“We came down pretty close,” he said Tuesday afternoon, pointing at a line dug in not 30 feet from an upper Rainbow home. When the winds shifted uphill, crews from the 65-member Division Tango intentionally burned the vegetation up-slope from the line, creating a 150-foot perimeter around the subdivision. But they didn’t cut down or burn the tall Ponderosa pines with scorched lower bark. “In town, a lot of people are talking about the smoke column, not realizing some of that is us.”
But the blaze on Mount Charleston has continued to grow, consuming 19,757 acres, a span expected to increase to between 23,000 and 25,000 acres as it stretches through Lovell and Harris Springs canyons, fire officials said. Their pronouncement was made Tuesday morning after reviewing reconnaissance from planes equipped with infrared cameras.
The crew has also grown to 1,077 men and women, 44 fire engines, nine helicopters, 10 water trucks and two dozers for an effort costing $6.2 million so far. The Federal Emergency Management Agency on Monday authorized the use of federal funds to assist with fire combat. FEMA will reimburse agencies for 75 percent of the eligible firefighting costs.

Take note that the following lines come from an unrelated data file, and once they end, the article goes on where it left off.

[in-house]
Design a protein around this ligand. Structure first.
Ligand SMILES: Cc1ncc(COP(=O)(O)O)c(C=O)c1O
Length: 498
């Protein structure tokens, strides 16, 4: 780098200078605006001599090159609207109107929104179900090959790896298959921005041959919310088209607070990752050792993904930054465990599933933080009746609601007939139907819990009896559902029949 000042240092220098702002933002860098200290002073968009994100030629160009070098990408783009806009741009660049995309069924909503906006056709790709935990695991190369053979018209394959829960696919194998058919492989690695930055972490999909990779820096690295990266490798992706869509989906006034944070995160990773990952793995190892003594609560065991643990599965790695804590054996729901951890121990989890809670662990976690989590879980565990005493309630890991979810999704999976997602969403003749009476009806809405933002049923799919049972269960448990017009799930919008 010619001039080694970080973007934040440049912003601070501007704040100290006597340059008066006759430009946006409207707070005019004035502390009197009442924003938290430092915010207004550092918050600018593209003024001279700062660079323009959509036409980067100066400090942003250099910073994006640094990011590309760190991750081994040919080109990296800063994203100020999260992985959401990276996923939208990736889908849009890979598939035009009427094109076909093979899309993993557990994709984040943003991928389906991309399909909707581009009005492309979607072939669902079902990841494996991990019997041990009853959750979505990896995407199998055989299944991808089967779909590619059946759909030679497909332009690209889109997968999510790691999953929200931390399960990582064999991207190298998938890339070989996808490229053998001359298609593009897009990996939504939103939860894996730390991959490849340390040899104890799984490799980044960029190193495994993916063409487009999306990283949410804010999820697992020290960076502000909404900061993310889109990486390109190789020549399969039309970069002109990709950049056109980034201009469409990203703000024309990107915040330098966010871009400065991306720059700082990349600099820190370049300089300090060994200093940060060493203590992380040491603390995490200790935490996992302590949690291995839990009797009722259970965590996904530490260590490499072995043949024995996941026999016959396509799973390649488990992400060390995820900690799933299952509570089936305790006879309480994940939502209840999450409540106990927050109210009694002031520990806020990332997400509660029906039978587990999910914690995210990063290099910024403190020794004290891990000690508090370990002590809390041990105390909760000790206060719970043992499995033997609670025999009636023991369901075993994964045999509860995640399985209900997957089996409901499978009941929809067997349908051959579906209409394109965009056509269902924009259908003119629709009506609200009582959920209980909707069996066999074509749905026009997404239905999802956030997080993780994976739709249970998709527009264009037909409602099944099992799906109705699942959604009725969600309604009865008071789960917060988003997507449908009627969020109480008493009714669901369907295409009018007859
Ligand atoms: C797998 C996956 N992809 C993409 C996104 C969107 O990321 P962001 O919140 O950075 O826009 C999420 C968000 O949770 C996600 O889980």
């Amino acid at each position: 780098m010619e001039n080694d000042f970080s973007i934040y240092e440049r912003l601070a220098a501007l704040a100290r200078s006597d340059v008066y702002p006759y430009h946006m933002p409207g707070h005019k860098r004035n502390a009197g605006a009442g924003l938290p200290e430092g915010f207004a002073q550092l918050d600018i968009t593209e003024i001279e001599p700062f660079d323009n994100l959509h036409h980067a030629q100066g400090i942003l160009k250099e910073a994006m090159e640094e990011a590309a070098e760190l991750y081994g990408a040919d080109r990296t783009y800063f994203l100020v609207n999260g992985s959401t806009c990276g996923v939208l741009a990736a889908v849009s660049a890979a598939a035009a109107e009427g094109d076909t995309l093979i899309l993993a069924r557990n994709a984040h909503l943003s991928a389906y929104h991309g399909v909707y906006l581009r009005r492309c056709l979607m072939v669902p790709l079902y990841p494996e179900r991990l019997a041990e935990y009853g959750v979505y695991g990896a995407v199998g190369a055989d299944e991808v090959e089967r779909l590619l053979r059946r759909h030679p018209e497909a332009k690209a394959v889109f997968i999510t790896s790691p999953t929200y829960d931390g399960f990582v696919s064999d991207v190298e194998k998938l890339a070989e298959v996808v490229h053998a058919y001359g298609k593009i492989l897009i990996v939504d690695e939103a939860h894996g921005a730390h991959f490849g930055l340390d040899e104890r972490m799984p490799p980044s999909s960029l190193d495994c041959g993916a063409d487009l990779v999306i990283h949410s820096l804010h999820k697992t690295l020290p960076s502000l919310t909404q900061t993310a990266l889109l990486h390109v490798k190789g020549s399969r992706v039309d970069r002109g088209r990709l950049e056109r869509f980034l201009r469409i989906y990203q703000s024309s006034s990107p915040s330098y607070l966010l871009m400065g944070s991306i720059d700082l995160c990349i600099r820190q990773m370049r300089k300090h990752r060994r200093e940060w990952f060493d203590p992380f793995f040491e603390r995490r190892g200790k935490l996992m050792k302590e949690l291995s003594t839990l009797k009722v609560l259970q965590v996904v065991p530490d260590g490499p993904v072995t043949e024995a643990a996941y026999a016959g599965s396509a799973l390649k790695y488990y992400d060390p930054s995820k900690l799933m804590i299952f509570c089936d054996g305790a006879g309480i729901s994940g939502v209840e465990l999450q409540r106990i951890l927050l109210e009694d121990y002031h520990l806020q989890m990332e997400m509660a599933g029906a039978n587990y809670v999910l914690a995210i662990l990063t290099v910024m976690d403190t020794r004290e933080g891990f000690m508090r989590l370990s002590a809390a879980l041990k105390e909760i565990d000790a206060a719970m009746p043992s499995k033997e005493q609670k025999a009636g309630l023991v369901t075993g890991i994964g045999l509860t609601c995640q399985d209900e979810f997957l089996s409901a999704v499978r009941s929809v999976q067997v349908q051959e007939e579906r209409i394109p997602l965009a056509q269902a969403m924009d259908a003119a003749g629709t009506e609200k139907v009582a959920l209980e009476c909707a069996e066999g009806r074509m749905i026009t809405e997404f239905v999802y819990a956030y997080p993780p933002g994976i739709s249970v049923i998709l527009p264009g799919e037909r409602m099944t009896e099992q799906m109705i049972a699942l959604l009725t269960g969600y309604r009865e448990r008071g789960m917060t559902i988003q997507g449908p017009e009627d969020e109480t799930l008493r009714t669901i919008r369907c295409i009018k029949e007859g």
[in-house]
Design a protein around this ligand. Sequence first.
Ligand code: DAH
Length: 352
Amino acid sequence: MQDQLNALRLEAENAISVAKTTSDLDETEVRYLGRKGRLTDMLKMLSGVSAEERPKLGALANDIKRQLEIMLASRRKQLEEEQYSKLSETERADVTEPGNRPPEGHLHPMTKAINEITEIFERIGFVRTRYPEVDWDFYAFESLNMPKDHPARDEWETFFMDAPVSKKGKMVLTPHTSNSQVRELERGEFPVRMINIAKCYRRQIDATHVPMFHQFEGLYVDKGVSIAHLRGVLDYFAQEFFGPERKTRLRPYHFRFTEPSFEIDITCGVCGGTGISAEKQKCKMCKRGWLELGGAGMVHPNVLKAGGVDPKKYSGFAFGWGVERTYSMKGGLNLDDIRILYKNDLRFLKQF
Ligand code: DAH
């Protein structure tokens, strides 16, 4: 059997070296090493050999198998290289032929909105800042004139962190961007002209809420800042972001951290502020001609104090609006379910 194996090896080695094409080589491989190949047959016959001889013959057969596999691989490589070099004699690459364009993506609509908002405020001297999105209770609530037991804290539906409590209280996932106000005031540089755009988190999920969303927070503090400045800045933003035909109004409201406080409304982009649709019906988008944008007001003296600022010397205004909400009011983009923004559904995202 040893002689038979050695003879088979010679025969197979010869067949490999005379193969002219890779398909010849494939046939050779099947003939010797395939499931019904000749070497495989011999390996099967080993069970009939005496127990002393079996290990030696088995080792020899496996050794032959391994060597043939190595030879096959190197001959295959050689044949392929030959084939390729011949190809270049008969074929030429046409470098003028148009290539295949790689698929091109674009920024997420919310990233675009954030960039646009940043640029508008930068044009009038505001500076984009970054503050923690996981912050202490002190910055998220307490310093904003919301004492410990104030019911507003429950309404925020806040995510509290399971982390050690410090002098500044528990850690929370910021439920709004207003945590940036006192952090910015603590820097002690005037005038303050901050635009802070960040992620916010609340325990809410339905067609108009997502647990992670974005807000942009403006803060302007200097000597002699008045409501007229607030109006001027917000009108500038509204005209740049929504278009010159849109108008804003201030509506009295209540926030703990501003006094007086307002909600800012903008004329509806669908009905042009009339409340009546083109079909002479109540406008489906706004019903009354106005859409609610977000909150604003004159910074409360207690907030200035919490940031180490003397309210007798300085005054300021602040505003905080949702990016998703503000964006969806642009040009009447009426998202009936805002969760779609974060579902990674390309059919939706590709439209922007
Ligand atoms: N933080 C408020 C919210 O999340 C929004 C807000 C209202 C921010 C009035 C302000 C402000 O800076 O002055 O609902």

The National Interagency Fire Center said the Carpenter 1 Fire remains the highest ranked priority fire in the nation as it consumes slightly more than 5 percent of the Spring Mountain range and threatens more than 400 structures, according to Fire Information Officer James Stone. A fire outside Fairbanks, Alaska, is also a high priority because of the amount of land involved.
As of Tuesday, the Mount Charleston blaze was 10 percent contained just outside the Trout Canyon community. But that’s on the far side already burned, which doesn’t provide encouragement for the Las Vegas-facing slope where most development exists and firefighting crews remain.
There, Rabdau’s crew is in a challenging fight against the elements, forced to rely on traditional techniques such as cutting and digging and laying hoses, Rabdau said.